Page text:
Wednesday, May 15, 2013

Playing Games: BioShock's Source Music

I'm playing three or four games at once right now, which is a bit crazy for me, but I've got the time to do some research right now, so....  I finally broke down and got BioShock a few days ago.  I first heard about it from doing the G4's Top 100 games when they mention BioShock as having great audio and finally decided to play it.  Despite the fact that FPS games are the best sellers, I've not really played many of them; I think Wolfenstein 3D was the last I played to give you a taste of how long it's been.  Thank god for easy mode!

One of the things I've noticed right away is that there isn't too much "music" in the game-- at least not like a platform game, adventure, or RPG would have.  I suppose the music suitable for those genres could pull the player out of a FPS.  Part of the scariness of BioShock's atmosphere is when splicers suddenly throw bombs at you or yell at you.  At most musically, in terms of composed music I've encountered so far, I've only noticed a sustained bass drone or something else that almost blends in to the background atmosphere.  Nothing really melodic or singable.  I'm also not sure yet of how interactive the audio with BioShock is...  if it's very tailored to individual gameplay, this minimalist music I'm hearing could also be a result of my slow, methodical playing.  I'm not a charge through the level kind of guy (not yet, at least).

In Stevens/Raybould's The Game Audio Tutorial, I recently encountered the idea that diegetic music (music that your gaming avatar hears as part of gameplay-- think from a radio in Grand Theft Auto) is different from extra-diegetic music (music that only you hear as the player-- think Super Mario Ground Theme) in what it conveys about the characters in the gaming world.  For instance, we don't actually think Mario is hearing the music we hear as he jumps around the world (although, I wonder if he would hear sound effects-- question blocks, fireballs, and jumping sounds?).  But we would expect a character in a game to hear music played through an onscreen radio-- particularly more so when the audio has a directional component: as our avatar moves toward the radio, the music sounds louder and clearer; as we move away, its volume decreases.  While both music only we as the player hear (extra-diegetic) and music we and the avatar hear (diegetic) inform us about the gaming atmosphere, according to Stevens and Raybould, diegetic music "carries a strong cultural message about the time, place, and people listening to it."

What is immediately noticeable about BioShock's music is that there's a large amount of diegetic music, and so far, most of that has been source music.  By source music, I mean music that exists outside of the game world and has been licensed and put into it.  What's striking me as odd is the choice of source music.  Take a look at the soundtrack listing.  If you notice, these tracks are from the 20s, 30s, 40s, and 50s.  BioShock is set in 1960.  Thus, this music has a disconnect for me between the game setting and the musical setting.  This "Great American Songbook" repertoire that the game uses was popular music that played on the radio-- but decades earlier than 1960!  By the mid 50s, the top Billboard hits had songs creeping in like "Rock around the Clock" as Rock and Roll grew in popularity.  Elvis has a number of hits in the late 50s and 60s, and by the mid 1960s, The Beetles appear regularly on the top songs list.  That should give you a flavor of the popular music of the day around 1960.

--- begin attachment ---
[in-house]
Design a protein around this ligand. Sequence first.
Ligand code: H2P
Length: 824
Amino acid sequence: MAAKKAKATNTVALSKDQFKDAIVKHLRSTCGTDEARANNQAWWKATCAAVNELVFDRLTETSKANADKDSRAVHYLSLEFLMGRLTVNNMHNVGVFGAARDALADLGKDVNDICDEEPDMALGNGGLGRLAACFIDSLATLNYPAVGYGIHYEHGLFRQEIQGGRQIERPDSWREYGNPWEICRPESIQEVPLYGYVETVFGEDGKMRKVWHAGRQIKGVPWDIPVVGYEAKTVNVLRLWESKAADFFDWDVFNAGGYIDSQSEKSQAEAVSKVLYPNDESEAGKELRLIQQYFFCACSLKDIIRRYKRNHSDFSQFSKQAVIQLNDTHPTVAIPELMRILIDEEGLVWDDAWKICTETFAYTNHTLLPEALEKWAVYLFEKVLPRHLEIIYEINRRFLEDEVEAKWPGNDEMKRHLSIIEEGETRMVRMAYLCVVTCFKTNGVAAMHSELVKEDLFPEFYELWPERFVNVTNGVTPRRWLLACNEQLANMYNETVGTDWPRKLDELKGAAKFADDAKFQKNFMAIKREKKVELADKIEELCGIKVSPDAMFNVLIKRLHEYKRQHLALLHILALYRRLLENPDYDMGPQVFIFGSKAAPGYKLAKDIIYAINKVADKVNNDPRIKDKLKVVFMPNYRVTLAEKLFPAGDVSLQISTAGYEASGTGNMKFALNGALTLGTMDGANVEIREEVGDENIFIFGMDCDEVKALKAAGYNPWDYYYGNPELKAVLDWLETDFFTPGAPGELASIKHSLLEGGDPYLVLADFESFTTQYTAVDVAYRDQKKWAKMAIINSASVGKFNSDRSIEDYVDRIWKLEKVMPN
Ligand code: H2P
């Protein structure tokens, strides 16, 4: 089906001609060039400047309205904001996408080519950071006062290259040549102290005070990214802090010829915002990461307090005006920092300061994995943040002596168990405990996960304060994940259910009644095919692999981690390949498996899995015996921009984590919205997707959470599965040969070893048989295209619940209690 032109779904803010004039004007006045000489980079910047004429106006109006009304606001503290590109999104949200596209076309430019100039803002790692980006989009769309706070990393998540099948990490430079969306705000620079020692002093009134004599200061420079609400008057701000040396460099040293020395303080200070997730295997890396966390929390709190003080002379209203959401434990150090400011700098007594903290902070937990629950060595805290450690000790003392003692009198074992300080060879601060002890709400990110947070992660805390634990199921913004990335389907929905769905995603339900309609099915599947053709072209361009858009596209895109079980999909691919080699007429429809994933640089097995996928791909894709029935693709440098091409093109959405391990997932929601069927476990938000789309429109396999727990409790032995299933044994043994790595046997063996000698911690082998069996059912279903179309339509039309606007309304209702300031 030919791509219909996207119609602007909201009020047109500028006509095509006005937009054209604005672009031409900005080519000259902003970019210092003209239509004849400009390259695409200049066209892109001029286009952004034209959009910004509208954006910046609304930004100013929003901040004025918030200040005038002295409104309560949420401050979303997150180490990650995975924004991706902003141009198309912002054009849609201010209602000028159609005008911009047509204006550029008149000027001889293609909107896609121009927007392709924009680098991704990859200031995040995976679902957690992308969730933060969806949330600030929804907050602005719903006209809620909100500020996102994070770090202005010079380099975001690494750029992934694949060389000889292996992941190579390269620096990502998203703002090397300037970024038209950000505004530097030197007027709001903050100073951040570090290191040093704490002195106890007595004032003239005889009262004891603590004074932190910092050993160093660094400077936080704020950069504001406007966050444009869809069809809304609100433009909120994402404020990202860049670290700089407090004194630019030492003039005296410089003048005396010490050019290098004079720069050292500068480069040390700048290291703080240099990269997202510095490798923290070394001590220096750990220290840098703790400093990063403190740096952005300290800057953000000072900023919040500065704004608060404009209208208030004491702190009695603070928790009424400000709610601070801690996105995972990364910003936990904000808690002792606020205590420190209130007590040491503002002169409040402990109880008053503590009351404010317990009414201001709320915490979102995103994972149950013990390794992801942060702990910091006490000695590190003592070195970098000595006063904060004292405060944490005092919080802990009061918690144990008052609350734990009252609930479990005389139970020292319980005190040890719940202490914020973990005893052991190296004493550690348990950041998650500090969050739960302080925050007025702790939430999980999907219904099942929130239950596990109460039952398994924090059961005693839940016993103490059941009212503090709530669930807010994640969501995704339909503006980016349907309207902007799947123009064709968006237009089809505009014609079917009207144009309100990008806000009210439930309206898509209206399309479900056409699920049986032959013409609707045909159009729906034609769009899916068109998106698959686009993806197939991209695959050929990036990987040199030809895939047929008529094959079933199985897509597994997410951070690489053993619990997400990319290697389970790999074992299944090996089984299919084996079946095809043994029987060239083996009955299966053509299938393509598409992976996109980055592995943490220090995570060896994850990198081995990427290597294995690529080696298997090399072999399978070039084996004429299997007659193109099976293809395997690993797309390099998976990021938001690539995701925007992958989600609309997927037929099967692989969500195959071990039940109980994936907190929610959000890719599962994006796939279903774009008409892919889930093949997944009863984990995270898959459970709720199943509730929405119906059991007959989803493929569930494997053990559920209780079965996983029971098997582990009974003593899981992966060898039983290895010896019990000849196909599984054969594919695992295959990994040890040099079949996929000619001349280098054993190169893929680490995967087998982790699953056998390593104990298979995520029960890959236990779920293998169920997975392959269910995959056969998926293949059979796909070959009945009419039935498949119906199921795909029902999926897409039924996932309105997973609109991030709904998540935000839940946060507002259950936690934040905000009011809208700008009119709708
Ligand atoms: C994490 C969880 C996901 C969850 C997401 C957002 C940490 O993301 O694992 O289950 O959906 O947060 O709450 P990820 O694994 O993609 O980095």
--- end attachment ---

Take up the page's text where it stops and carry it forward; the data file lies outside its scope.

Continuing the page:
Granted, most players probably didn't do dissertation research on The Great American Songbook.  Most players probably hear this music and think: older era, earlier time, American sound.  I hear it and think: 1920-1950.  As a history lover, the 20s-40s are some of the most interesting decades of both American history, world history, and American music history for me.  As a person with specialized knowledge in this realm, this music doesn't evoke 1960.  It gives me a disconnect between the setting and the music!  This reminds me of helping a director friend plan some music to play before and during a play in a 17th century French setting.  I did some research and presented her with a variety of informed options by French 17th century composers.  At the end of my suggested tracks, I gave her some throwaways-- think Mozart Turkish Rondo-- tracks that were over 100 years too late, but well-known.  Now guess which music she picked to use during the play......

Questions for another day: Why did the audio team decide to go with music this early?  Could the designers have actually put in popular music closer to the 60s, some of the beginnings of Rock and Roll?  How would that have affected the setting?  Do you have any thoughts?

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